TL;DR: the Nio is tonally pleasing and capable IEM that's just fun to listen to.
Tone and Timbre the Nio is miles ahead of the Solaris. As for technicalities I found the Solaris can project a 3d image effortlessly meanwhile the Nio has the wider soundstage especially on the MX module.
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Reviewer at
The Hybrid Dark Horse
Pros: - bass tactility and slam
- lush, thick midrange
- extremely pleasing tonality, flexibility w/ MX module
Cons: - good, but not best-in-class technicalities
- 5kHz treble peak can be fatiguing w/ MX module
I've owned the Nio for several months, so I thought I'd plug a quick review as I don't see too many for this awesome IEM on Head-Fi. You can read my full review here too.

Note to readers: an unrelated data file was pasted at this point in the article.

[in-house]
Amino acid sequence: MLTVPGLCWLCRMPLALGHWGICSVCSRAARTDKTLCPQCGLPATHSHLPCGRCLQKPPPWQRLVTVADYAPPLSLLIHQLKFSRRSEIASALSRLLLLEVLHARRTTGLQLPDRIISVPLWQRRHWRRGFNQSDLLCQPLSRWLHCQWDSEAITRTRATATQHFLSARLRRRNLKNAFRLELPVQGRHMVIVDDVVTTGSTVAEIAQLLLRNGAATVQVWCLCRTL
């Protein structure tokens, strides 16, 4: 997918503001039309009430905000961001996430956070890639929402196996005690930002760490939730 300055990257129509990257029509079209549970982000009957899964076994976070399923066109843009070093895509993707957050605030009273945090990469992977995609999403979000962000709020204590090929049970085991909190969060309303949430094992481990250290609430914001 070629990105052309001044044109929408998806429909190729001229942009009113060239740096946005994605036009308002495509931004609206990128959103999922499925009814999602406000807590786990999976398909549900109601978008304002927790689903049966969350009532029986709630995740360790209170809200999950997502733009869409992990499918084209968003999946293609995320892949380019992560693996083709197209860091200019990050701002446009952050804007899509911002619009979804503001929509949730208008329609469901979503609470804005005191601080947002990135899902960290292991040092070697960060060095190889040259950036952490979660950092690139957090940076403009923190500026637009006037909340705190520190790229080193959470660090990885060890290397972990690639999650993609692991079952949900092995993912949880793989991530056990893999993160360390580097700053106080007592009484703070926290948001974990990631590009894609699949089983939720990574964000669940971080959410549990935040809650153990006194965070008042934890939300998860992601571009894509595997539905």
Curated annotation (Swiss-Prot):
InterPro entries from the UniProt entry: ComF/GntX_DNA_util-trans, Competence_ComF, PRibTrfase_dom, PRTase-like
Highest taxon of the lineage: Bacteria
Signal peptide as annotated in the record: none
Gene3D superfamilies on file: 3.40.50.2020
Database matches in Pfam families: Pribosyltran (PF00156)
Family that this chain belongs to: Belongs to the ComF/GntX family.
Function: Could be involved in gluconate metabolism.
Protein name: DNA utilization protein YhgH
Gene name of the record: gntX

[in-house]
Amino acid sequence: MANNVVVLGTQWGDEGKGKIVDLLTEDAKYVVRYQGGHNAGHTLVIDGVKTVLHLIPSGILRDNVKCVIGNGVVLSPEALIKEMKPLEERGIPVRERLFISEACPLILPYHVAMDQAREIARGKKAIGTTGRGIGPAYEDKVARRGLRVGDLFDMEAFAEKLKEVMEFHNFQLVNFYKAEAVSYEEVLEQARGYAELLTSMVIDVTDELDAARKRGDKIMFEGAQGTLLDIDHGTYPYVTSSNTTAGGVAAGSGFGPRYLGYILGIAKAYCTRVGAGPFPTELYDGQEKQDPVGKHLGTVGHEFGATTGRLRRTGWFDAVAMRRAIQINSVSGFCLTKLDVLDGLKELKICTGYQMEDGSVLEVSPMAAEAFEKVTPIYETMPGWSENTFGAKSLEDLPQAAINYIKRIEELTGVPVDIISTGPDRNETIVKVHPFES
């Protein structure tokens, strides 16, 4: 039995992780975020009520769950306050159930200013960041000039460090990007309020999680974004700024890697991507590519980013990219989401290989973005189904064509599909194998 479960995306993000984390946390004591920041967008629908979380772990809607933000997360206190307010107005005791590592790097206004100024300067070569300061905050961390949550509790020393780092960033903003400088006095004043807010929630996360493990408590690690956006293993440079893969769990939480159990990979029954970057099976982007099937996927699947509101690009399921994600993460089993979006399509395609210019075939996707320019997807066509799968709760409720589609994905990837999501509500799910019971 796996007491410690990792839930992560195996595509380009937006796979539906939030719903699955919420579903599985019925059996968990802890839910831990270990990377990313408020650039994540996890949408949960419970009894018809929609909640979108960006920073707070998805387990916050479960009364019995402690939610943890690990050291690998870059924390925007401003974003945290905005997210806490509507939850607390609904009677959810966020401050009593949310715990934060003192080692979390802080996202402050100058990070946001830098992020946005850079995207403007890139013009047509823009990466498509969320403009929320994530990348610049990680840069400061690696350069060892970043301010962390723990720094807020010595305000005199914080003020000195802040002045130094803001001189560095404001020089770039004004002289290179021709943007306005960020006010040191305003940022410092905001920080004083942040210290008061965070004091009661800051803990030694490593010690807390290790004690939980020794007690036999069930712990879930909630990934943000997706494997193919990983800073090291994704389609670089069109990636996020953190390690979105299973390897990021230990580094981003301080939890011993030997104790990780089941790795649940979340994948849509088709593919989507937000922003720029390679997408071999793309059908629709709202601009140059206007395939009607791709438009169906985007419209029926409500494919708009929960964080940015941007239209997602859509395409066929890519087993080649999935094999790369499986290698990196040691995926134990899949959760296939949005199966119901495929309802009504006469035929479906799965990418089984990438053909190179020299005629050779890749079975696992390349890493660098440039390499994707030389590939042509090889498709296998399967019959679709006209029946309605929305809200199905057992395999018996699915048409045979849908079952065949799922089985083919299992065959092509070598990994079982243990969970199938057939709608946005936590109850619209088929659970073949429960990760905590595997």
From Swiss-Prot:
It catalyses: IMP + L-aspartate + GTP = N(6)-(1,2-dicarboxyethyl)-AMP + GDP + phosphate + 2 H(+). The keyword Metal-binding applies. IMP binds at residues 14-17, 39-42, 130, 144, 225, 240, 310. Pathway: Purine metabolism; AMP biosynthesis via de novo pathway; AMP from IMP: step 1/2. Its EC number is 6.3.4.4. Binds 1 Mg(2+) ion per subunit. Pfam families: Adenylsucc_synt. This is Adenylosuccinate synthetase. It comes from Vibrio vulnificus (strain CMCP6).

The Nio follows an L-shaped tuning with the M15/M20 modules and something much closer to neutral with the MX module. Because I'm a dirty bass-head, much of this quick review will focus on the M15 module. With the M15 module, the Nio is a warm, gooey, sub-bass oriented IEM.

And indeed, the best word to describe the Nio's bass with the M15 module is "dirty". There's a roundness to the mid-bass' transient attack that often delves into bloat, and yet, I wouldn't have it any other way. Like so, sheer dynamic slam and texturing are present in spades in the sub-bass, making this a worthy trade-off to my ears. The Nio's midrange is thick and lush, at times obscuring macro-detail at the expense of being incredibly forgiving. Moving into the treble, the Nio is more lower-treble oriented and subdued in the air frequencies. Perceptually at least - because nonetheless, extension is ample, and like 64A's other IEMs that use the tia driver, I suspect it peaks somewhere in the post-10kHz frequencies. Make no mistake: This is an extremely tonally pleasing IEM, and all the more so considering you can swap in the MX module for an almost entirely different sound.